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SLIS Colloquium Series Wed, Jan. 9th, 1pm: Visualization Techniques To Map Scientific Knowledge

Katy Borner
Masters and doctoral graduate students and faculty are cordially invited to attend the bi-weekly SLIS Colloquium Series. Professor Katy Borner of the School of Library and Information Science will discuss research on state of the art visualization techniques to map the knowledge domains of scientific disciplines.

Title: Visualizing Knowledge Domains
Date: Wednesday, January 9, 2002
Time: 1 pm
Place: LI001 (IU Library, room next to 10th Street entrance and across from SLIS Library)

Talk preceded by an informal gathering with cookies, tea, and coffee, available at 12:45pm

ABSTRACT

This talk reviews visualization techniques to map the ever-growing knowledge domain structure of scientific disciplines, including emerging techniques in interactive data analysis and information visualization. Diverse algorithms are applied to demonstrate different analysis and visualization techniques on a bibliographic data set that includes articles from the citation analysis, bibliometrics, semantics, and visualization literatures. This serves to map the relationships within and between the four fields that together form domain visualization. The talk concludes with a discussion of promising new avenues of research.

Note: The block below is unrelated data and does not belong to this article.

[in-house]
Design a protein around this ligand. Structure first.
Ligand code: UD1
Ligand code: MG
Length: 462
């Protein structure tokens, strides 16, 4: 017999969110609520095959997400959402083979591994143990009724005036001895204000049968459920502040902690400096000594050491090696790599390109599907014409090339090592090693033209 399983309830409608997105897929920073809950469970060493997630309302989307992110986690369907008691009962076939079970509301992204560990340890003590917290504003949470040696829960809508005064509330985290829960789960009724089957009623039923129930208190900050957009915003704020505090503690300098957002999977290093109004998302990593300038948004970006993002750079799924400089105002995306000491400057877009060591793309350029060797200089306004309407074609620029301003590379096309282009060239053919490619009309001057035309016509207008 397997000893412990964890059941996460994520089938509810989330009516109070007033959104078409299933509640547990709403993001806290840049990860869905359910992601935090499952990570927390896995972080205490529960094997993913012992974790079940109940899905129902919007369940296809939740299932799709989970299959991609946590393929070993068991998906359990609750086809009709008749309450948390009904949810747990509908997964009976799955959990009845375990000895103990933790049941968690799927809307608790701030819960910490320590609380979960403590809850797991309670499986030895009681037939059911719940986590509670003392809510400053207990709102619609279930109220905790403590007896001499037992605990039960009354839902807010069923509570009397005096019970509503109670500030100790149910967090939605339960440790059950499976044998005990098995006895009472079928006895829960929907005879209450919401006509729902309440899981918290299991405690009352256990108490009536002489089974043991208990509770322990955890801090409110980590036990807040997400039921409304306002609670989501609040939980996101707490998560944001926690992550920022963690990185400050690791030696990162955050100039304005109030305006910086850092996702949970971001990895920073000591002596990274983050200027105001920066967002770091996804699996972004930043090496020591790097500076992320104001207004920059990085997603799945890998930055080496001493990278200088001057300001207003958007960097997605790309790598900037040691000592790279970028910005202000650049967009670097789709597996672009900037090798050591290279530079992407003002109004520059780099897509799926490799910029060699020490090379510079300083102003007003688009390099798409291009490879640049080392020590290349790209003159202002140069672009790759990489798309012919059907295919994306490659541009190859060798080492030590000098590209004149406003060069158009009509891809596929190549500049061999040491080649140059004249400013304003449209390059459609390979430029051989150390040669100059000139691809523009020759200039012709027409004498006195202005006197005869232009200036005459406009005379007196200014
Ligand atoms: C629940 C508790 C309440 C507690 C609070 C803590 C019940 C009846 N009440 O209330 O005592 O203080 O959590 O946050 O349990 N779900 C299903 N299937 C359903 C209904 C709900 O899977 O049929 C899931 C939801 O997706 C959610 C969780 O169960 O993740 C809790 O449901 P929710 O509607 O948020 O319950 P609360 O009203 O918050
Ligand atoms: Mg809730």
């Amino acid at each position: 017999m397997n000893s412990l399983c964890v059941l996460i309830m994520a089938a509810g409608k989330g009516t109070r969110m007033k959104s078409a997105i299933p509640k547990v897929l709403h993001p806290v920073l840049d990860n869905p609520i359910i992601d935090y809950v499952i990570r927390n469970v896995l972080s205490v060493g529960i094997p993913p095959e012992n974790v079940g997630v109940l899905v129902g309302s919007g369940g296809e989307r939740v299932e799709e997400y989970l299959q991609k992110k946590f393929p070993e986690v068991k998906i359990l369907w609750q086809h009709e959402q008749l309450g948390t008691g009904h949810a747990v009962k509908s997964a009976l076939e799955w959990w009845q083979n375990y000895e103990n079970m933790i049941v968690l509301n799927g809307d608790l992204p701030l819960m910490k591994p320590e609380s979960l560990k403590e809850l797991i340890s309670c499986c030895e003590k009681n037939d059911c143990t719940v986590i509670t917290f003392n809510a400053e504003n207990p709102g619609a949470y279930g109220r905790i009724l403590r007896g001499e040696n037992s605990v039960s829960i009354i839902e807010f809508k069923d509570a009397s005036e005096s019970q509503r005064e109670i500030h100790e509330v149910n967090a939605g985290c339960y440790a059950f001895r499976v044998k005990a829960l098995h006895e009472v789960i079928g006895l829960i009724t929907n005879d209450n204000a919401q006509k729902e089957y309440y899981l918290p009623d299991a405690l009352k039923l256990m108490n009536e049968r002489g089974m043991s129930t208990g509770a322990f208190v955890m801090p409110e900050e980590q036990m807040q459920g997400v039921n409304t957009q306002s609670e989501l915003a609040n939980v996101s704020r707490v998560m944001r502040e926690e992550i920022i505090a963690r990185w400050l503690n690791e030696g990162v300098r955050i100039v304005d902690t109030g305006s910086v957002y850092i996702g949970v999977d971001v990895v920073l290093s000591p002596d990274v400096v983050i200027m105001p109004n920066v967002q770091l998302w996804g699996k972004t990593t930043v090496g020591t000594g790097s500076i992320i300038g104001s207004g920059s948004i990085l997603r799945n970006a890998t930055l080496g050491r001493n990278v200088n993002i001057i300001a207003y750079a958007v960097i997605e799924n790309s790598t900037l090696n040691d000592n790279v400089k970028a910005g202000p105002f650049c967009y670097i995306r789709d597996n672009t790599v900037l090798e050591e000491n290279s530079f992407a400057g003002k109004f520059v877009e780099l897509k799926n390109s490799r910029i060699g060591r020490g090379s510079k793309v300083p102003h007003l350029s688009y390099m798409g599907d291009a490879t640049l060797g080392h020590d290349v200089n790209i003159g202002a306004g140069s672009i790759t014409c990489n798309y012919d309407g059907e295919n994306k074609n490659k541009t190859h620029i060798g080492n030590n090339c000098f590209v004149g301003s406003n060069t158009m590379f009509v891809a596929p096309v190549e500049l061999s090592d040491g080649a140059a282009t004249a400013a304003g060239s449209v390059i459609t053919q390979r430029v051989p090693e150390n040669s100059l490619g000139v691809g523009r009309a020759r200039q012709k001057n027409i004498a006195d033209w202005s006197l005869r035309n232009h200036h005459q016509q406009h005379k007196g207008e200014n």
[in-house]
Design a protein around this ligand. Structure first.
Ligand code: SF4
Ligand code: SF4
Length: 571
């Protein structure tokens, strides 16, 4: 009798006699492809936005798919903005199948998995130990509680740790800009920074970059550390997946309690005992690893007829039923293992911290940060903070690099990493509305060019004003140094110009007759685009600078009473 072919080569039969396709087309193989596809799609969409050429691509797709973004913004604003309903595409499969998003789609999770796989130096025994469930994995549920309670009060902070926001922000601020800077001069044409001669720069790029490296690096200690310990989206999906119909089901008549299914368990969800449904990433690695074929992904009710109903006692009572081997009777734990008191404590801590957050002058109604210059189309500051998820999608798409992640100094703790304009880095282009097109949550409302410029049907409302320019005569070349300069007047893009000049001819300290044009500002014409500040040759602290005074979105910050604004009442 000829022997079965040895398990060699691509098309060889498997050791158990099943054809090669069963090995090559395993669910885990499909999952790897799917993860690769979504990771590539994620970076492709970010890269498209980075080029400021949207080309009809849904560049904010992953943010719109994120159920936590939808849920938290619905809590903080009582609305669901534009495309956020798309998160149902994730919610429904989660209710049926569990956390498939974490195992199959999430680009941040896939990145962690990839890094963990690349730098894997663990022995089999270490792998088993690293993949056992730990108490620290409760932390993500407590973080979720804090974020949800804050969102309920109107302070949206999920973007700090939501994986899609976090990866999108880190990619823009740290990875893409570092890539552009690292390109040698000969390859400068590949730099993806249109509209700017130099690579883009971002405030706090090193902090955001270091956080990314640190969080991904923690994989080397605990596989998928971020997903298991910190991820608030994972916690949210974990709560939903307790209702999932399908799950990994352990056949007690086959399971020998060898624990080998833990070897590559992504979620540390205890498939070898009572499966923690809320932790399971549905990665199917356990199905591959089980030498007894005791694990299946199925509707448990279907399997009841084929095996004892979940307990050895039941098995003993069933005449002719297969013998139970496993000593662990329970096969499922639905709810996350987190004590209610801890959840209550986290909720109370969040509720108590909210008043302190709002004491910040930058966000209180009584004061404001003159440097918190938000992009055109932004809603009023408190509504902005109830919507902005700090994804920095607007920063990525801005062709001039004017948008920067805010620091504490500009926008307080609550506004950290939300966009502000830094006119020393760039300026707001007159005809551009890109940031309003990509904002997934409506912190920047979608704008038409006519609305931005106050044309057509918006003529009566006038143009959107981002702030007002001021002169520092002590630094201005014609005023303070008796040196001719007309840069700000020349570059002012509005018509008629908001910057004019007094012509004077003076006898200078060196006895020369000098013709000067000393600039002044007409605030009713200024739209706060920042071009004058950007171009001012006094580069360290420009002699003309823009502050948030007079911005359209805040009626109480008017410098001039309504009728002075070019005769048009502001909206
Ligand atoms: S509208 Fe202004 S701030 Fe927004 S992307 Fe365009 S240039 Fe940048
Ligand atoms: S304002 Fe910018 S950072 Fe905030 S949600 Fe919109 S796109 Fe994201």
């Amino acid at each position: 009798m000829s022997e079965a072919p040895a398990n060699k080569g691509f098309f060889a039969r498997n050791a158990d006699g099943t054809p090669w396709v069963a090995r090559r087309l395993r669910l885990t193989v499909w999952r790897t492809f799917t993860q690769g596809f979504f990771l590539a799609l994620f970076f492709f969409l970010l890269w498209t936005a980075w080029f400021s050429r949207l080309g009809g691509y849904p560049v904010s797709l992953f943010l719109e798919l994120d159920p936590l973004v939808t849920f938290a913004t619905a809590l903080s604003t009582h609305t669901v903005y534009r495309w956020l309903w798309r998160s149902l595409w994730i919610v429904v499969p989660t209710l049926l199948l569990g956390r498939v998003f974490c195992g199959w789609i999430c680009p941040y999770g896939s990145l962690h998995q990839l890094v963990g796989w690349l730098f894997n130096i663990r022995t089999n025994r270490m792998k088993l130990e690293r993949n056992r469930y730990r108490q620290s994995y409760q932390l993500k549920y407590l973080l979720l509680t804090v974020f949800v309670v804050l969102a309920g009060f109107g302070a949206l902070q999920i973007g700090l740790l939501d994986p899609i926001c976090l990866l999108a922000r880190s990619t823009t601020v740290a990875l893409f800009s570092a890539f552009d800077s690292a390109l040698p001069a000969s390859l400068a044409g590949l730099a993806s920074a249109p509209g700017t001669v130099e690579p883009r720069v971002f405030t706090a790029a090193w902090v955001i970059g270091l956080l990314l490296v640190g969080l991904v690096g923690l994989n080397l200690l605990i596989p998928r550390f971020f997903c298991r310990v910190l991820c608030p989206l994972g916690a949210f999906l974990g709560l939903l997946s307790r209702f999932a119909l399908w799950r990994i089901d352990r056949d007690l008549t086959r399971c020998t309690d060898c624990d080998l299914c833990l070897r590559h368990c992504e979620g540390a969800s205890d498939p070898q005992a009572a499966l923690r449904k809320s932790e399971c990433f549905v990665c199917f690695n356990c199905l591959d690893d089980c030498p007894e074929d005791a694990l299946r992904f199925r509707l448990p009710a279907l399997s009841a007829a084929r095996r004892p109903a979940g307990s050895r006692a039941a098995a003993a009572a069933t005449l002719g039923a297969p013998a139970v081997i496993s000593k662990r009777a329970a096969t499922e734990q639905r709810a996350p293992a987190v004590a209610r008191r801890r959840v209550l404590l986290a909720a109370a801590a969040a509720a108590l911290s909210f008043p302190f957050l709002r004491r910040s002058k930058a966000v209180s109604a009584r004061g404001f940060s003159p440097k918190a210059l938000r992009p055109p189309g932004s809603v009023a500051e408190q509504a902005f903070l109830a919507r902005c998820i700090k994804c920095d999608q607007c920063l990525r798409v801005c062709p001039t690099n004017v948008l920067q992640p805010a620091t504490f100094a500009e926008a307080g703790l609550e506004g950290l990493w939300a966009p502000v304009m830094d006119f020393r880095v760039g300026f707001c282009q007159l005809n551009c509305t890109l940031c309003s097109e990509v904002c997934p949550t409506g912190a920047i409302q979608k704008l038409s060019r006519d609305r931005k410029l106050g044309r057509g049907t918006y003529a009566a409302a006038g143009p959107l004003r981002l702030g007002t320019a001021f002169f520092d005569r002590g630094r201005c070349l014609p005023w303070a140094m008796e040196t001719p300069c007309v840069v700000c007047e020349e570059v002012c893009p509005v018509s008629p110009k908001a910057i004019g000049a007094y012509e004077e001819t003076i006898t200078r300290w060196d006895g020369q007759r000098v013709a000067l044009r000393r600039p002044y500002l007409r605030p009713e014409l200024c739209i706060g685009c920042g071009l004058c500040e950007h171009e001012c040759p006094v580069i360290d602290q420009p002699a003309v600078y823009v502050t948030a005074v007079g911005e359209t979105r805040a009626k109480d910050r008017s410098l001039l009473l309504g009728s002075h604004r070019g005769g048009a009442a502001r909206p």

BIO

Katy Borner is Assistant Professor of Information Science and Cognitive Science at Indiana University School of Library and Information Science. Her talk--in expanded form--will appear as a chapter on visualization techniques in the 2002 Annual Review of Information Science & Technology (ARIST v37), co-authored with Chaomei Chen of Drexel University and Kevin W. Boyack of Sandia National Laboratories. Her research interests are information visualization, virtual reality interfaces, human computer interaction, cognitive science, and artificial intelligence.

Her recent publications include articles and reports on visual interfaces for semantic information retrieval and browsing, efficient case-based structure generation for design support, visualization for improving learning and collaboration, virtual worlds, digital libraries, and adaptive human-computer interaction and computer-aided design. Information about her projects can be found at http://ella.slis.indiana.edu/~katy.

Posted January 03, 2002